stained-glass window repair

I hope this is the correct group in which to ask this. Our village has taken over the upkeep of an old church; some of the stained-glass windows are damaged, in that some of the panes are broken in the kame. A professional claims that the only way to repair is to take out the whole window and make a new one at a cost of $1000 Cdn. for a window about 4' high and 2' wide, has the traditional "curved to a point" in the top section. I don't quibble with the price for what he wants to do, but isn't it possible to just spread the kame and cut a new piece of glass to the right size and re-insert before bringing the kame back down again?
Any and all suggestions gratefully received. Mike Gray in Burns Lake, British Columbia, Canada
Reply to
Michael Gray

Ah...this is right down my alley, so to speak.
Certainly it can be repaired. But it might be cheaper to make a new one. Depends on your goals.
The questions are:
What is the location of the window in the building? Can it be reached from the floor, or must it be worked on from a scaffold? Does it have any historical significance? Are there any hand-painted parts (faces and the like)? Is it installed in the building from the inside, or from the exterior?
What is the overall condition of the window? Does it leak? Are the panes loose in the CAME (not Kame) ;>), how much glass is missing, or cracked, and is it "matchable" with current production glass? Finding replacement glass that matches exactly can get really pricey.
The ability to fold the lip of the came back enough to finesse a piece of glass into the opening is dependent on several things. The width of the came, what condition it is in, and the shape of the piece of glass have a lot to do with whether one could finesse a piece into the opening. Prying around on old lead that is deterioriated can lead to disaster. Additional glass breakage, lead crumbling, etc.
What is the purpose of the repair? Are you doing a full restoration back to "perfect"?, or are you just trying to keep the bugs out? In my opinion, the only PROPER way to repair a panel is to remove it from the sash/door, disassemble it like a jigsaw puzzle to remove the broken design elements, and then reassemble it with new glass and lead (where needed). There are those who rely on peeling apart the lead and using epoxy and putty to hold the glass in place, others who fold back the came, and probably other techniques I haven't heard about.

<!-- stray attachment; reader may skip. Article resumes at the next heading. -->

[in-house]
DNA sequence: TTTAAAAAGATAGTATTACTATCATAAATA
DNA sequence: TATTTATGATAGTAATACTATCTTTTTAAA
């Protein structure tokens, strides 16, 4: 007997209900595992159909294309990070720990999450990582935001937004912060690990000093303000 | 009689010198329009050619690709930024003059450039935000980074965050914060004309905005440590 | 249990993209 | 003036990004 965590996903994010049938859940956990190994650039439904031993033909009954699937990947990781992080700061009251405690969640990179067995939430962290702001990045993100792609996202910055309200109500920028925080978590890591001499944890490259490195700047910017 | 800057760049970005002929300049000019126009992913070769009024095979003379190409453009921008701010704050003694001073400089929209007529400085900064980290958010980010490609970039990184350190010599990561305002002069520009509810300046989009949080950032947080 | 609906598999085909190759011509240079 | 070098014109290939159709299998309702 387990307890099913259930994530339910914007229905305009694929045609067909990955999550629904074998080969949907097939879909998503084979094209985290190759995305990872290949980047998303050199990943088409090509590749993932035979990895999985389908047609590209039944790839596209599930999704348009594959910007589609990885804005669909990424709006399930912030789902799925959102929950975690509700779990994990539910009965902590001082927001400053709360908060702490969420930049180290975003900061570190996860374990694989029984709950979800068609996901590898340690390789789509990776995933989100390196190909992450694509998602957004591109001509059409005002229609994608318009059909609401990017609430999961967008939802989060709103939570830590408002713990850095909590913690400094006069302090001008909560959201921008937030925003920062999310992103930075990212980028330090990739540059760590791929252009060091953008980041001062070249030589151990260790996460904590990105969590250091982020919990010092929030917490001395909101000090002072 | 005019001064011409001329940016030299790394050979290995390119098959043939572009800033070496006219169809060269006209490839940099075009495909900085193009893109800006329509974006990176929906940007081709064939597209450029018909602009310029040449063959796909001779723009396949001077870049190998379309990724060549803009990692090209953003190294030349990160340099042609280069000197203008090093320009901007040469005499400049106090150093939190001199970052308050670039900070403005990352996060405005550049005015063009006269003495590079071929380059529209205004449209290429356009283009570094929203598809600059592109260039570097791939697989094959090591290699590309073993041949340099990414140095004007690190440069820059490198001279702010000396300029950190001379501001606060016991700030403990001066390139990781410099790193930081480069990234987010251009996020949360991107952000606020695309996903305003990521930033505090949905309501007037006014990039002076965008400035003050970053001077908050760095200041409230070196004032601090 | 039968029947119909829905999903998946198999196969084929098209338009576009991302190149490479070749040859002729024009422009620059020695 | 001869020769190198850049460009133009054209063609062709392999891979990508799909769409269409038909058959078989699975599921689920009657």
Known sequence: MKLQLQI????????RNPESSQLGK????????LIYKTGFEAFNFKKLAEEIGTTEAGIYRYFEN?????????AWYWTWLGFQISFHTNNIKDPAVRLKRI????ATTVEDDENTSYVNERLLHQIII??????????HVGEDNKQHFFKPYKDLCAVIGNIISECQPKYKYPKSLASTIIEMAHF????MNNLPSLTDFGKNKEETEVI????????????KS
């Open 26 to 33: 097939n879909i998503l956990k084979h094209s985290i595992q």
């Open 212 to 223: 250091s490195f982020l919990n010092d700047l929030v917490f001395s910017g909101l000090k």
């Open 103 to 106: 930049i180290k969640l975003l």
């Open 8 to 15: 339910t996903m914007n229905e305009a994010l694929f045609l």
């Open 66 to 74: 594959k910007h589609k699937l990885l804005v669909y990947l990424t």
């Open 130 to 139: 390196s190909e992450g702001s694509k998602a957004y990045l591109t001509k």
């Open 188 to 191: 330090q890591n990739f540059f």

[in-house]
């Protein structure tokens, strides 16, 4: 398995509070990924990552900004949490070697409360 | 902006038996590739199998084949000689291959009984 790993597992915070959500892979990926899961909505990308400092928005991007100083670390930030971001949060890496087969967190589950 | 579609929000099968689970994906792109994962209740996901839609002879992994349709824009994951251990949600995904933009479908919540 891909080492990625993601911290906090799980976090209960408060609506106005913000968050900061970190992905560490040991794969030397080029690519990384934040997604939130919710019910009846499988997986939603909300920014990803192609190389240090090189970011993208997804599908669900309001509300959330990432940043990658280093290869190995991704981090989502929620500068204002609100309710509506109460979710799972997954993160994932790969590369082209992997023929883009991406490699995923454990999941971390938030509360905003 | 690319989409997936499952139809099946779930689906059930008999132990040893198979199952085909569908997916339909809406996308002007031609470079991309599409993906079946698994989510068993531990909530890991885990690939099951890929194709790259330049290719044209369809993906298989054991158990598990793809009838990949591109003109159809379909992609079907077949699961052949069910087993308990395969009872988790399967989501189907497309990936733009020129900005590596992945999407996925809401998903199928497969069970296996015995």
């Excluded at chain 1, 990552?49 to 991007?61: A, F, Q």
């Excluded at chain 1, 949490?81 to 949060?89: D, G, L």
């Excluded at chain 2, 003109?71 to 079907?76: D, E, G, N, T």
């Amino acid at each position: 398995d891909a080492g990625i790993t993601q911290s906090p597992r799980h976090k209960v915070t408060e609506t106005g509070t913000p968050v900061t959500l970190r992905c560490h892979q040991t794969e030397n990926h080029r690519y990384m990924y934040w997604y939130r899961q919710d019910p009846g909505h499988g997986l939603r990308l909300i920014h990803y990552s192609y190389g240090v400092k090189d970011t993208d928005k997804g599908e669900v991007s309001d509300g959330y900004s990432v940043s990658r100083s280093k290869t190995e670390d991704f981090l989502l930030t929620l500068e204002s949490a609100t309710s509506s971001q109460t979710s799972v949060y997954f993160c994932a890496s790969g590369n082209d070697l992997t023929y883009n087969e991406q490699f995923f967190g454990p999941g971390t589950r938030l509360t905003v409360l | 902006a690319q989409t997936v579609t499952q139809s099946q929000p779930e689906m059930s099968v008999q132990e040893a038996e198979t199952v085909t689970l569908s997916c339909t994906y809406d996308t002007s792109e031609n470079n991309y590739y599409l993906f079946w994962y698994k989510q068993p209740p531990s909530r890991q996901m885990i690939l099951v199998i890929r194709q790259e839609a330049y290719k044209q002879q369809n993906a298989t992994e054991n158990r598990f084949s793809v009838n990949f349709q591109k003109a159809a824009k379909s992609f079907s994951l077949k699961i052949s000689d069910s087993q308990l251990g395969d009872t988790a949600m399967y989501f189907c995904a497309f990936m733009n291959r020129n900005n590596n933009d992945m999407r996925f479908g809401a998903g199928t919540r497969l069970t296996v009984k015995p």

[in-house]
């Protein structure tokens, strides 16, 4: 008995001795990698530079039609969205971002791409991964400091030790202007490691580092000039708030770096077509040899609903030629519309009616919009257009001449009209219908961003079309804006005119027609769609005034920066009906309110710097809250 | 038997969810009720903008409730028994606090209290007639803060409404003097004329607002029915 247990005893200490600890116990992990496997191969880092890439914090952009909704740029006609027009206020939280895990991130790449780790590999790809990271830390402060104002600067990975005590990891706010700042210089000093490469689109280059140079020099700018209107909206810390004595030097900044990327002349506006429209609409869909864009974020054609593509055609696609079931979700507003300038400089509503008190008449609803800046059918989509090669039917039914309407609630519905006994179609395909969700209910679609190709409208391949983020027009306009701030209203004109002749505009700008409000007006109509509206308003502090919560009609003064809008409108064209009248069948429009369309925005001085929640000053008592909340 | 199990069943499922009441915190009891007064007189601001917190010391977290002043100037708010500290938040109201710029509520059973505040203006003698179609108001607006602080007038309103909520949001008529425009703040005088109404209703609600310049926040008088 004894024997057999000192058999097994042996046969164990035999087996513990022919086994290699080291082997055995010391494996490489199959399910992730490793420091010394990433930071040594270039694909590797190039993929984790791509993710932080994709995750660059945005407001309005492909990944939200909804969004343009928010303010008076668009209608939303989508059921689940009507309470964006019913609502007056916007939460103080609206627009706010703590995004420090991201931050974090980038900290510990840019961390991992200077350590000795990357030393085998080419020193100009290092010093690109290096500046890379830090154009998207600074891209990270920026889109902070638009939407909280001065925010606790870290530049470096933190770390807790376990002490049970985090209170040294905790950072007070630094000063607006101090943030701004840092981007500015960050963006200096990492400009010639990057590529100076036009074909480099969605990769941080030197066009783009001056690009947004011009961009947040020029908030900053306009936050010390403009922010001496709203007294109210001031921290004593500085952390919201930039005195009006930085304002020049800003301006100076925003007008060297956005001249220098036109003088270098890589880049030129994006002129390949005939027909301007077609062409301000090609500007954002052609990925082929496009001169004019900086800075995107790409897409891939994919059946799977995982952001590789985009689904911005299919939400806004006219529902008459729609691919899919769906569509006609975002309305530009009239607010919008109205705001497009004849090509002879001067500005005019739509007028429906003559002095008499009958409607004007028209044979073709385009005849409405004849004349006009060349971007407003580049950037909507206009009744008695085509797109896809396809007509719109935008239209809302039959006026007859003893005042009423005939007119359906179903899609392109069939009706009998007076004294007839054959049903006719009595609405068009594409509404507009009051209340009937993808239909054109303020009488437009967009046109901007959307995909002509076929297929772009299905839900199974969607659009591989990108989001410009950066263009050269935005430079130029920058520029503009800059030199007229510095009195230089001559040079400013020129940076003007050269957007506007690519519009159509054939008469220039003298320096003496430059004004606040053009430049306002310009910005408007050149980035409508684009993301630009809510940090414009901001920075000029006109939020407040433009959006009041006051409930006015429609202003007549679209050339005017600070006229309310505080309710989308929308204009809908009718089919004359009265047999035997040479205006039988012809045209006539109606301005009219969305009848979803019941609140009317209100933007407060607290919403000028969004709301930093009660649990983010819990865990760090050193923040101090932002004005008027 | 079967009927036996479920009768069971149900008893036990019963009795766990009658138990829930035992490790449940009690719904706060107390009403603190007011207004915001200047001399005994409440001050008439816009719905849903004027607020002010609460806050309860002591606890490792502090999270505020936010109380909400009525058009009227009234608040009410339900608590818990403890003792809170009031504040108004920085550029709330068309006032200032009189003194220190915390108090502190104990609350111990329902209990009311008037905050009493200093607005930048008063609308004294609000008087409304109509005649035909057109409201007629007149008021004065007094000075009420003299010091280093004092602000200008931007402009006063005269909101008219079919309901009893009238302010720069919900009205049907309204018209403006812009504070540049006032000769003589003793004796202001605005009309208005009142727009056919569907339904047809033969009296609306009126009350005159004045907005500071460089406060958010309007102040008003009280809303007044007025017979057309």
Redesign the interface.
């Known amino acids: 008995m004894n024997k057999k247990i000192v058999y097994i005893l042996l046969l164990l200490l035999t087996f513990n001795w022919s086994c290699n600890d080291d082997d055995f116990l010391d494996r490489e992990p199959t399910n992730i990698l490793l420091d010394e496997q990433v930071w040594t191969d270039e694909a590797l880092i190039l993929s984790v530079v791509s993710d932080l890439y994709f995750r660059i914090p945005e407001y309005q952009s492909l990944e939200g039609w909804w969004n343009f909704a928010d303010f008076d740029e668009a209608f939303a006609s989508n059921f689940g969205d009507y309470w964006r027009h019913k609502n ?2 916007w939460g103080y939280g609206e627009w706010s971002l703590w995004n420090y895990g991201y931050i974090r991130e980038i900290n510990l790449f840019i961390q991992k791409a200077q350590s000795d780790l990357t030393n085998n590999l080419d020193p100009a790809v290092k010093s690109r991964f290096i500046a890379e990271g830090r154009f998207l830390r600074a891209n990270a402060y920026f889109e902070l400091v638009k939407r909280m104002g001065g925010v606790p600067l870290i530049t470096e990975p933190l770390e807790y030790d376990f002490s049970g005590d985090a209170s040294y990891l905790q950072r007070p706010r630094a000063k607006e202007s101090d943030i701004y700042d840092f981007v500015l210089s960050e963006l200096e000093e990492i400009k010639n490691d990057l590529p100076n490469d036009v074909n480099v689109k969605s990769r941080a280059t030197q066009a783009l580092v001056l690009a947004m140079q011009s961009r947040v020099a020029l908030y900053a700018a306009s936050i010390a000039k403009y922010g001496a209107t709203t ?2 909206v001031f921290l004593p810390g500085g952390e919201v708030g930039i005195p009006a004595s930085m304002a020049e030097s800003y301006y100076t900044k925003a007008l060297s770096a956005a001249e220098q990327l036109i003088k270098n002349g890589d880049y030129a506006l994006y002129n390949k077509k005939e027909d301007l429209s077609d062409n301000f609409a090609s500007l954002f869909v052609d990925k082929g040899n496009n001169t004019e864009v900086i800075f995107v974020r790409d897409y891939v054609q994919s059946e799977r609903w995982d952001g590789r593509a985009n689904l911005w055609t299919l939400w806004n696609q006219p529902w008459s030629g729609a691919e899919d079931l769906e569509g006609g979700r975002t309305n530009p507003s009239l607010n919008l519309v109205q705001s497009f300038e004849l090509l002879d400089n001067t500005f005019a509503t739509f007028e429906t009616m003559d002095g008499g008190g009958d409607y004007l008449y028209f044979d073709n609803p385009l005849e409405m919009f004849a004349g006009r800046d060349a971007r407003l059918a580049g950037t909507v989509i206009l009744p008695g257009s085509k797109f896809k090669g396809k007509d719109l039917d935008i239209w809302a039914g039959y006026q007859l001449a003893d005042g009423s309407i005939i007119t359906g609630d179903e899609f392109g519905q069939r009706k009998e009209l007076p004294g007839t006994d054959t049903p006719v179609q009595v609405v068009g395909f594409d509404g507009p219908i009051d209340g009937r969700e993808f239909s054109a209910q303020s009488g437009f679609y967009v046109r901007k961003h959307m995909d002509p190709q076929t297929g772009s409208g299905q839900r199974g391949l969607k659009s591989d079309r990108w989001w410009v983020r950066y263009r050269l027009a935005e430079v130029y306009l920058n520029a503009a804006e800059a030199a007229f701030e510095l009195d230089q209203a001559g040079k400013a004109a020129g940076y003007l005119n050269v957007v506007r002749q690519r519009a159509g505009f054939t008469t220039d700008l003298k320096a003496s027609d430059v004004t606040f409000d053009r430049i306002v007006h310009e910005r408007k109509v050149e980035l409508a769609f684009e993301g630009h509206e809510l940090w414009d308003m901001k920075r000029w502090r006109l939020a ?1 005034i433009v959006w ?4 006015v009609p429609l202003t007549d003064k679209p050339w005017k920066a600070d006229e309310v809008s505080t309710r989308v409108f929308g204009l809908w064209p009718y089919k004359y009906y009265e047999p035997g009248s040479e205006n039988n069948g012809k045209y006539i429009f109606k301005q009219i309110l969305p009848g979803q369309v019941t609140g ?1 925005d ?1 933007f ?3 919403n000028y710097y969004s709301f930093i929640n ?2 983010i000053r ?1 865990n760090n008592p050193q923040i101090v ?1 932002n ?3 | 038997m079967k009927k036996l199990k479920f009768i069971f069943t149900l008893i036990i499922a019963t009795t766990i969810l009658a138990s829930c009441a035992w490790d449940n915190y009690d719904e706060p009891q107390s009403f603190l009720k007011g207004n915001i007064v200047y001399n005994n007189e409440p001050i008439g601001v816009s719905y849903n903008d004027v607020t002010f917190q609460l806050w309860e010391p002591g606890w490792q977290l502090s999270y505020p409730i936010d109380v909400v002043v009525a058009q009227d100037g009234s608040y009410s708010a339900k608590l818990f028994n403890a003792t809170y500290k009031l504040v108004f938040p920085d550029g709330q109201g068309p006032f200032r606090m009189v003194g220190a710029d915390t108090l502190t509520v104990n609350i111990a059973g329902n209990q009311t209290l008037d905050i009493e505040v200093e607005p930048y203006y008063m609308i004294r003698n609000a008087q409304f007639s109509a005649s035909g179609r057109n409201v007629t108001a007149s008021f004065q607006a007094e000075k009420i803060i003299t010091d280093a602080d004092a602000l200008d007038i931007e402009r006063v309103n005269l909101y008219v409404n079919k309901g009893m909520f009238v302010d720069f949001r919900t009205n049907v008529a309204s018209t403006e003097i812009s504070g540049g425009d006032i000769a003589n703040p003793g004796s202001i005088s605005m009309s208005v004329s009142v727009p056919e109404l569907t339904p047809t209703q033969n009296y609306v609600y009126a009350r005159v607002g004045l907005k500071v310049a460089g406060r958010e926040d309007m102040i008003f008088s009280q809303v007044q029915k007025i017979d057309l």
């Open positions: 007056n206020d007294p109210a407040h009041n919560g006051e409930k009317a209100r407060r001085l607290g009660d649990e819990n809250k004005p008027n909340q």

I always approach a repair with the idea that the panel needs to be laying flat on a workbench in order to repair it properly. Failing the ability to get the panel out of the building, then I might consider other options. If I could see photos of the window, I could give you a price in US$$ for a repair, assuming it was in my locale. At least you'd have something to go on.
Frankly, anyone who would quote you a new window (assuming he was going to remove the old one and reinstall the new one) for $1000 Cdn isn't gonna make any money on the deal. I don't know anyone who would (or could) design a 8sq/ft window, supply all the glass/lead/ materials/ labor/removal/reinstallation for $700US. That works out to about $90/ft. The going rate around here starts at $125 for simple designs. You pick up at the studio and install it yourself, no sash. Maybe your guy is a hobbiest and just needs to make a name for himself...but that sounds awfully cheap to me.
Reply to
YOU are correct. Perhaps your "professional" needs to hire professional help for this job.
I've done a number of on-site repairs doing precisely what you propose. It's time consuming, but not especially difficult. I don't know what other artisans charge but for a contract quote I estimate $50./piece plus $50./hr allowance for travel time - alternatively, straight $50/hr plus materials. Minimum charge for on site repair $200. There would have to be some very serious damage to justify a $1,000. repair bill.
Reply to
Dennis Brady

I don't
Damn, Dennis. Don't come down here to GA and start spreading those cheap prices around. ;>)
I get $140US for the first hour and $70/hr thereafter. The first hour charge includes a (too small) trip charge and "standard" materials, i.e., single glue chip, double glue, water, artique, ice crystal, etc. I upcharge for Baroque and some of the others, along with colors and bevels.
In the last 6 weeks, I've had 3 repairs that were more than $1500 US and have one scheduled to start tomorrow that will be darn close to $2K.
Reply to
Up here in the Great White North, those are mid-range prices. Very few are higher - most willing to work much lower.
Not certain why, but I suspect it's because we have an abundance of hungry artisans with insufficient business to keep them well fed. If it wasn't for wholesale production sales (heavily reliant on export) I'd be missing a few meals. We have too much supply - too little demand. Commissions and repairs are lucrative, but too far between to provide a reliable diet.
Our shop does a lot of work for kitchen cabinets, but I've always been aware that we could double prices if stateside.
Reply to
Dennis Brady

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